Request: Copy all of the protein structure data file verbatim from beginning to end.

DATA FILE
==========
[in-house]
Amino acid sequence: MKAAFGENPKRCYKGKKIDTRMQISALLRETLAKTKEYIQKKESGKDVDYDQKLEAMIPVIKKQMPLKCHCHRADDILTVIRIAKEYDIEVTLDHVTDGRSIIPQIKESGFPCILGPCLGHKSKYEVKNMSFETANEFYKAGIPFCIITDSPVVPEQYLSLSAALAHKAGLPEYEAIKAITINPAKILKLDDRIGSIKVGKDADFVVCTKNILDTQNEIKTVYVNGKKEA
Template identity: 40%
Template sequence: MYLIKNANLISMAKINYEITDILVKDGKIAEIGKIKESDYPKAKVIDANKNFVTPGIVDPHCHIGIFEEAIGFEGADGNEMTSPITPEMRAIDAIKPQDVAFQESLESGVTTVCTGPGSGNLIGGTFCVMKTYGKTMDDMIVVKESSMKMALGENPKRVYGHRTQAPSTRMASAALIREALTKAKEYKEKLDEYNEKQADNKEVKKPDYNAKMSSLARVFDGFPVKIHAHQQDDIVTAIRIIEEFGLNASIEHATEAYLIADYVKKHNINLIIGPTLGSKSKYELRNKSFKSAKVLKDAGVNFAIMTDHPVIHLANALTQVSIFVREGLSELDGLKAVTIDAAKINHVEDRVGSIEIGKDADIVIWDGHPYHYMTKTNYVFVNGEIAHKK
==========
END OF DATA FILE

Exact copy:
[in-house]
Amino acid sequence: MKAAFGENPKRCYKGKKIDTRMQISALLRETLAKTKEYIQKKESGKDVDYDQKLEAMIPVIKKQMPLKCHCHRADDILTVIRIAKEYDIEVTLDHVTDGRSIIPQIKESGFPCILGPCLGHKSKYEVKNMSFETANEFYKAGIPFCIITDSPVVPEQYLSLSAALAHKAGLPEYEAIKAITINPAKILKLDDRIGSIKVGKDADFVVCTKNILDTQNEIKTVYVNGKKEA
Template identity: 40%
Template sequence: MYLIKNANLISMAKINYEITDILVKDGKIAEIGKIKESDYPKAKVIDANKNFVTPGIVDPHCHIGIFEEAIGFEGADGNEMTSPITPEMRAIDAIKPQDVAFQESLESGVTTVCTGPGSGNLIGGTFCVMKTYGKTMDDMIVVKESSMKMALGENPKRVYGHRTQAPSTRMASAALIREALTKAKEYKEKLDEYNEKQADNKEVKKPDYNAKMSSLARVFDGFPVKIHAHQQDDIVTAIRIIEEFGLNASIEHATEAYLIADYVKKHNINLIIGPTLGSKSKYELRNKSFKSAKVLKDAGVNFAIMTDHPVIHLANALTQVSIFVREGLSELDGLKAVTIDAAKINHVEDRVGSIEIGKDADIVIWDGHPYHYMTKTNYVFVNGEIAHKK